Document approved at the Hierarchal Consultation of the Russian Orthodox Church, February 2–3, 2015 in the Cathedral of Christ the Saviour in Moscow
The requirements for preparation before Holy Communion are determined for each member of the faithful by the definitions and regulations of the Church, which are applied by each spiritual father, taking into consideration the frequency with which the person receives the Holy Mysteries, his spiritual, moral, and physical state, the external circumstances of his life, such as his occupation or whether he is overburdened by taking care for those close to him.
A person’s spiritual father is a priest, to whom a Christian regularly confesses, who is familiar with the circumstances of his life and his spiritual state. The faithful may go to confession to other priests if it is impossible for them to confess to their own spiritual father. If a faithful Christian does not have a spiritual father, he should address the questions relating to the reception of communion to the priests of the church where he desires to receive.
Both the spiritual father – who is guided by ecclesiastical definitions and regulations and, based on them, gives direction to a Christian – and the communicant as well need to understand that the goal of preparation does not lie in an external fulfillment of formal prerequisites, but in the acquisition of a penitent state of soul, the forgiveness of offenses, reconciliation with one’s neighbors, and, finally, attaining union with Christ in the Holy Mysteries. Fasting and prayer are means to assist the person preparing for communion to acquire this inner state.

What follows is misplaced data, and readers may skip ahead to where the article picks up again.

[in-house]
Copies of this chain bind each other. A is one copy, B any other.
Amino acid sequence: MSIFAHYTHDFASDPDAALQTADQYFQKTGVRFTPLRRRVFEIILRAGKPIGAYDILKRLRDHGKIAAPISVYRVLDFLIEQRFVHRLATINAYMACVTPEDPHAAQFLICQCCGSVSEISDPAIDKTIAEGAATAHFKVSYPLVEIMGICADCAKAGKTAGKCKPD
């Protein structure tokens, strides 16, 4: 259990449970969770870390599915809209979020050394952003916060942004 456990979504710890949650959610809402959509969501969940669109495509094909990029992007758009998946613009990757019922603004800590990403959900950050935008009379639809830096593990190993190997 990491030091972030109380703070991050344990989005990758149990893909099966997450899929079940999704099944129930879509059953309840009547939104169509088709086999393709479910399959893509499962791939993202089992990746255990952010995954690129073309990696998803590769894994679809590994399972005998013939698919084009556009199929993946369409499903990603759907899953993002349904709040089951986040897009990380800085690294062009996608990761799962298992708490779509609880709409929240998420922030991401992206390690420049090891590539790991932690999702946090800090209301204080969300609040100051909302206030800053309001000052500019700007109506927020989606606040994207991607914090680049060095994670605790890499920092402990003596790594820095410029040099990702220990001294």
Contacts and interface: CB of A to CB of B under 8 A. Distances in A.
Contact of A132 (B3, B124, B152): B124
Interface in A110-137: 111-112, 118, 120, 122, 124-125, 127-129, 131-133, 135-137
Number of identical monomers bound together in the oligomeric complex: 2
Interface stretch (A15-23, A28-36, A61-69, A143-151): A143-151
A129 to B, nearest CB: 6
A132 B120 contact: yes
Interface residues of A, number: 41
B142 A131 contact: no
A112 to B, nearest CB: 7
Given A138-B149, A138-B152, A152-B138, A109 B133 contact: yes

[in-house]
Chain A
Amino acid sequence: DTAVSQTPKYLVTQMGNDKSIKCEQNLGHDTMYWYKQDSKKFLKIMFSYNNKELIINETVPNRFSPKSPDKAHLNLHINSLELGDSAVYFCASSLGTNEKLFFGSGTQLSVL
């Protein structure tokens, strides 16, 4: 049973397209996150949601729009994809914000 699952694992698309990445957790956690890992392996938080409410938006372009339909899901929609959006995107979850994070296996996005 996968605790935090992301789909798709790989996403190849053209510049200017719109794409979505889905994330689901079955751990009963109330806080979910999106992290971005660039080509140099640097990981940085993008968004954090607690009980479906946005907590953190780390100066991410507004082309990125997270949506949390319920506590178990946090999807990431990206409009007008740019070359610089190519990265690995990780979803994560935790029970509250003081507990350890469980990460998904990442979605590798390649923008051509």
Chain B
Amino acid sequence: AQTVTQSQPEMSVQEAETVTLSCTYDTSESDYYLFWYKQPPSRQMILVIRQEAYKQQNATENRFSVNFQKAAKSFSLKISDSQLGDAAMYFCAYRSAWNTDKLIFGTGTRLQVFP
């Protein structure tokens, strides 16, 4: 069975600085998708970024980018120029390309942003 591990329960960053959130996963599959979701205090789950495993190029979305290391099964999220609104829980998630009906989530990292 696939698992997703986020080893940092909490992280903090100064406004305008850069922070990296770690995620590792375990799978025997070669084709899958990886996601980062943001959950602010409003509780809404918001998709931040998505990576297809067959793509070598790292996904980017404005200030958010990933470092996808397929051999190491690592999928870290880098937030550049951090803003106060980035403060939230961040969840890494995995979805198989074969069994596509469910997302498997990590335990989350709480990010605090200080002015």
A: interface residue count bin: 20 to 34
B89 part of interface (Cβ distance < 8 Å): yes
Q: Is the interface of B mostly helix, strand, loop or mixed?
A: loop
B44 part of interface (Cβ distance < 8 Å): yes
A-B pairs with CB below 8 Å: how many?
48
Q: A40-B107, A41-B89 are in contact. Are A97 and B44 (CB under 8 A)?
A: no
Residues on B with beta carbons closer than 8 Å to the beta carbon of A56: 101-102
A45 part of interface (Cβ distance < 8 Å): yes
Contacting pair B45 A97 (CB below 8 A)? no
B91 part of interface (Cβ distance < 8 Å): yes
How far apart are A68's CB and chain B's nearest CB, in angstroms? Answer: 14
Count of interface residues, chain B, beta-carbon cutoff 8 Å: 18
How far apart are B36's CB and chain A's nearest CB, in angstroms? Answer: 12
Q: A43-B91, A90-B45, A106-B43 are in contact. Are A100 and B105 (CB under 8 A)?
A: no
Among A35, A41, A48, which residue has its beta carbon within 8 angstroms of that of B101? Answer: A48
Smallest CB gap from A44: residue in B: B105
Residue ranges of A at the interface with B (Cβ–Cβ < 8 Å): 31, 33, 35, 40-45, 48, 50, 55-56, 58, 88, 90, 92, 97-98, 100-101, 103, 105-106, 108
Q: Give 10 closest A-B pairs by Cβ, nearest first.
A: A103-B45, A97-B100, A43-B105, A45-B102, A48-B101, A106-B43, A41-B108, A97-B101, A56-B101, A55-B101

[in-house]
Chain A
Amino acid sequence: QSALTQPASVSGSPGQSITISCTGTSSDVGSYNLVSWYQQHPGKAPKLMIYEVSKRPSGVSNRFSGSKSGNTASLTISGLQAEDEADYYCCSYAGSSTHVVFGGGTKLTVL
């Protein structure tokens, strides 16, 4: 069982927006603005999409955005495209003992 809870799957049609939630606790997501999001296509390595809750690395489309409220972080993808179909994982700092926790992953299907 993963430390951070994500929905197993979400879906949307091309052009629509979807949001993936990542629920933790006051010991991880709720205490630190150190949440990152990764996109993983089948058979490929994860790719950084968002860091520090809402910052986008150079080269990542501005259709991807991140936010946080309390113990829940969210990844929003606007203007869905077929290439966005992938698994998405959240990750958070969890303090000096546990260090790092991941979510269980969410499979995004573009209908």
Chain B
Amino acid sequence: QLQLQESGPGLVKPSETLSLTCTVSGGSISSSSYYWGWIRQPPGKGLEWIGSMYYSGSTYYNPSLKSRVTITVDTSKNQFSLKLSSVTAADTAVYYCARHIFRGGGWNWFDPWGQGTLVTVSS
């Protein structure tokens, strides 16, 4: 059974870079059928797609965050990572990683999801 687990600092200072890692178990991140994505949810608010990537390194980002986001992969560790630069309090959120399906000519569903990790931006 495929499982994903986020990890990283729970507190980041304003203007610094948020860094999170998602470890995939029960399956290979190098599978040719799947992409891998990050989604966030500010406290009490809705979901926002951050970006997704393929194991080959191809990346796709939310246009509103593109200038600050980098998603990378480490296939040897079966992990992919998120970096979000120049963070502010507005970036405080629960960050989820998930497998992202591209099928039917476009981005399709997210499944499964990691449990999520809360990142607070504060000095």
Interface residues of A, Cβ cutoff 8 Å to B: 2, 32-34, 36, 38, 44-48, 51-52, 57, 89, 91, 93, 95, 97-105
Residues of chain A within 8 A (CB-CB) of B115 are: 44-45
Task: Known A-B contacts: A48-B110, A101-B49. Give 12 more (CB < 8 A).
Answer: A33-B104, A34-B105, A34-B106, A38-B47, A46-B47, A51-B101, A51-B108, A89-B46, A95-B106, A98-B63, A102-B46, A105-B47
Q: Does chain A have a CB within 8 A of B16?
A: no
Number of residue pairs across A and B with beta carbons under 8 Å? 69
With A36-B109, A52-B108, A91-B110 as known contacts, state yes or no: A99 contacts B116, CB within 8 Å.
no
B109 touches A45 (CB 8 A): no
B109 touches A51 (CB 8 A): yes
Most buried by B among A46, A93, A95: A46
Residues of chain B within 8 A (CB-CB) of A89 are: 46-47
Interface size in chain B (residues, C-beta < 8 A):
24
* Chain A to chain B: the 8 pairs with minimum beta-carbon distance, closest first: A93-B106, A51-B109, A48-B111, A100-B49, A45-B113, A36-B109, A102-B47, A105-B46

Remembering the words of our Saviour, who denounced those who impose upon the people heavy burdens hard to bear (see Matt 23:4), spiritual fathers need to understand that unjustified strictness, as well as excessive leniency, can impede a person’s union with our Saviour Christ and can harm him spiritually. The preparation of monastics for their participation in the Sacrament of the Eucharist is performed in accordance with the Statute on Monasteries and Monasticism, as well as following the statutes of specific monasteries.
1. The practice of fasting in preparation for communion is regulated by the ascetical tradition of the Church. The fasting as abstinence from animal products and abstaining from distractions, accompanied by assiduous prayer and repentance, traditionally precedes the communion of the Holy Mysteries. The length and extent of fasting before Holy Communion can differ, depending on the Christian’s inner state and objective life circumstances. Particularly, in the case of an acute or chronic illness that requires special dietary rules, as well as during pregnancy and nursing a child for women, the time of fasting can be shortened, lightened, or set aside altogether. The same rule concerns Christians who temporarily or permanently live in secular institutions which presuppose living and taking meals in common (military units, hospitals, boarding schools, special schools, or prisons).
The practice that has taken shape in our time that everyone who receives communion several times a year fasts for three days before communion fully corresponds to the tradition of the Church. At the same time, the practice when a person who receives communion on a weekly basis or several times a month, while observing lengthy and one-day fasts established by the Typicon, approaches the Holy Chalice without any additional fasting or keeping a fast on the day or in the evening before communion, is acceptable as well. This matter has to be resolved with the blessing of the person’s spiritual father. The requirements concerning preparation for Holy Communion, intended for the laypeople who receive communion frequently, are also applicable for members of the clergy.